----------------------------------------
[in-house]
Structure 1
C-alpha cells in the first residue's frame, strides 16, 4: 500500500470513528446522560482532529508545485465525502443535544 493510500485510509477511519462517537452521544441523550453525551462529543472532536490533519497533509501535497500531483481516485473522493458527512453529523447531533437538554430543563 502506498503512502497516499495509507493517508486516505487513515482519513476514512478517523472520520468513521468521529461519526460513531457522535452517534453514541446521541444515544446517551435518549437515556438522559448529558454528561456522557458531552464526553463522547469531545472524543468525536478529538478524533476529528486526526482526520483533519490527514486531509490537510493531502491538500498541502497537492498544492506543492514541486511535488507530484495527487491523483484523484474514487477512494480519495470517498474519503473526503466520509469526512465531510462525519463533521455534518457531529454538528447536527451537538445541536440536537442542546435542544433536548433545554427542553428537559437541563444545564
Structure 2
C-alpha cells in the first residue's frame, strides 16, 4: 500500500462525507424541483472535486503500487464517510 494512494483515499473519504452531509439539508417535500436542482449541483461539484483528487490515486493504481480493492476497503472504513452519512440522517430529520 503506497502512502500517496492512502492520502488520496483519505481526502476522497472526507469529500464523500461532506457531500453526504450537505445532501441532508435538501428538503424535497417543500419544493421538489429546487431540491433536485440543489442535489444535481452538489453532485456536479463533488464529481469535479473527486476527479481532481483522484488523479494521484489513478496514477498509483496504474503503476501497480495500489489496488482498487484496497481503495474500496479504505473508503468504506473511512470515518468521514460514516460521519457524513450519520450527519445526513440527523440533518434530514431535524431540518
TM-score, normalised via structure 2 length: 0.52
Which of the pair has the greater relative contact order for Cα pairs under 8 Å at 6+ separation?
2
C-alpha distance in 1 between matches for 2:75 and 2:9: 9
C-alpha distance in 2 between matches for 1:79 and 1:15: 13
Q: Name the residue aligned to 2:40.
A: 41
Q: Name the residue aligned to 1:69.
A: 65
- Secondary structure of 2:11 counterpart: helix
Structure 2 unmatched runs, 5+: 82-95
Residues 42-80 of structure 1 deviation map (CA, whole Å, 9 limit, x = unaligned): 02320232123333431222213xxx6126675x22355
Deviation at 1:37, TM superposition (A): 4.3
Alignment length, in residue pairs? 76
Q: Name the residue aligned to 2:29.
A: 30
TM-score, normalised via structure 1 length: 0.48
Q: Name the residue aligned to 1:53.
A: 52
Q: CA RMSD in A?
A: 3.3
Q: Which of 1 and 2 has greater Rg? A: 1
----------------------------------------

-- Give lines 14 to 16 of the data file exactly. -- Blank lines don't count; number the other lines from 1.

A: 65
- Secondary structure of 2:11 counterpart: helix
Structure 2 unmatched runs, 5+: 82-95